4. How Close To A Boundary Wall Can I Build?
If your extension requires digging or building foundations within three meters of the boundary, party wall or party wall structure, or digging foundations within six metres of a boundary, the work will require compliance with the Party Wall Act.
In some cases excavating within six metres of an adjoining property can also be covered by the Act. But this only applies where the new foundations are so deep that drawing an imaginary line downwards at a 45° angle from the bottom of the next door’s foundations would hit them, for example on a steeply sloping site or where you’re incorporating a basement.
There are two other situations where the Party Wall Act applies. When a new extension is designed to maximise floor area by building right up to, or ‘astride’ the garden boundary between two properties and when you physically cut or alter a party wall. (such as where you want to build onto your neighbour’s existing wall so it becomes your new extension’s party wall).
5. What Do I Need To Consider When Drawing Up Plans?
When drawing plans for your extension you want to keep in mind:
- soil type on the site
- surrounding trees
- any history of flooding
- site access
- rights of way
Also do not forget to notify you insurer as your policy might not cover you during the work period.
6. Do I Need An Architect To Build An Extension?
You do not necessarily need an architect but it can be very helpful. An architect can help you draw plans that can be used for submission to your local authorities for planning approval and to produce drawings and calculations for Building Regulation purposes. (These documents will also form part of the tender process documents when hiring builders). When choosing an architect, chose one that you feel gets your lifestyle and understands your needs.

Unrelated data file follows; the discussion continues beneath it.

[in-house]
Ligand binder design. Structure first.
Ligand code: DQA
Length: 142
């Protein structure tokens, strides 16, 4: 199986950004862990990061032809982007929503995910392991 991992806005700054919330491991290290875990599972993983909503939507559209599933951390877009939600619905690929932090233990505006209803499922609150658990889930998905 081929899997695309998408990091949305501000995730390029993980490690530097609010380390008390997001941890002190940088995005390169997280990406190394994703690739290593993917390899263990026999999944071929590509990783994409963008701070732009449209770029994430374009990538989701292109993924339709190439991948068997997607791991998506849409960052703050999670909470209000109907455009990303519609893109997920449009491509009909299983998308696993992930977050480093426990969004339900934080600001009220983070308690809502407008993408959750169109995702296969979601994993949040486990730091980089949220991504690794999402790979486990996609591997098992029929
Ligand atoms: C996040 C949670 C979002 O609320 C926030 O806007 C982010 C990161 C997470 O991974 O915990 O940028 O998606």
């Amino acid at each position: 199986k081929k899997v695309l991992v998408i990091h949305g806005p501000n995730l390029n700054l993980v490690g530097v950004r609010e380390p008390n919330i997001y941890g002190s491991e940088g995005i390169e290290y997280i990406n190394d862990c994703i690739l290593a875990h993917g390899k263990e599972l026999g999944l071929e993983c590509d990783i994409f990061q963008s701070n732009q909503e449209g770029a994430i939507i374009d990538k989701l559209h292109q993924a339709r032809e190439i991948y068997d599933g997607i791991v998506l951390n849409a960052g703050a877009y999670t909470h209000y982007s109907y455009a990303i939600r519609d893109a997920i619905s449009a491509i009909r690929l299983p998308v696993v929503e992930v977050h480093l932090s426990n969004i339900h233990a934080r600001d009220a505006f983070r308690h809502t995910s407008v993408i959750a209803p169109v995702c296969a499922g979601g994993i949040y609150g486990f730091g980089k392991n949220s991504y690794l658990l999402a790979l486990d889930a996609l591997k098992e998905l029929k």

7. Do I Need To Provide A Design Brief?
The simple answer is yes. The clearer and more detailed the better. You should tell your designer/architect/contractor how you would like your home to work for you, what your budget is and your likes and dislikes. This not only will you’re your designer/architect/contractor understand what you really want, but will let them know you are serious about the project.
8. Do I Need To Comply With Building Regulations?
Once again the answer is yes. Even if you do not require planning consent, you need to comply with building regulations. You can either submit a Full Plan Submission or a Building Notice.
- Full Plan Submission: send plans to your local authority building control or approved inspector prior to the build for approval. The building inspector visits your site at different stages and inspects the work as it progresses.
- Building Notice: is a statement which lets the local authority know that you will be complying with the regulations in building your extension and gives the building control department 48-hours notice of your intention to start the work. Building inspectors will inspect the work at various stages and will advise you of any problems.
Keep in mind that with a building notice, you could potentially find out that you have a compliance issue once the project has started and this means that you will have to pay to set it right. All alterations to listed buildings, including internal ones, will require consent and carrying out work without, is a criminal offence.
If you are planning to extend your home, give us a call at 020 71186155 or set up an appointment to speak with our construction experts at our office in Hammersmith. At Dominant Construction, we are always keen to talk about construction and how to make your project a success.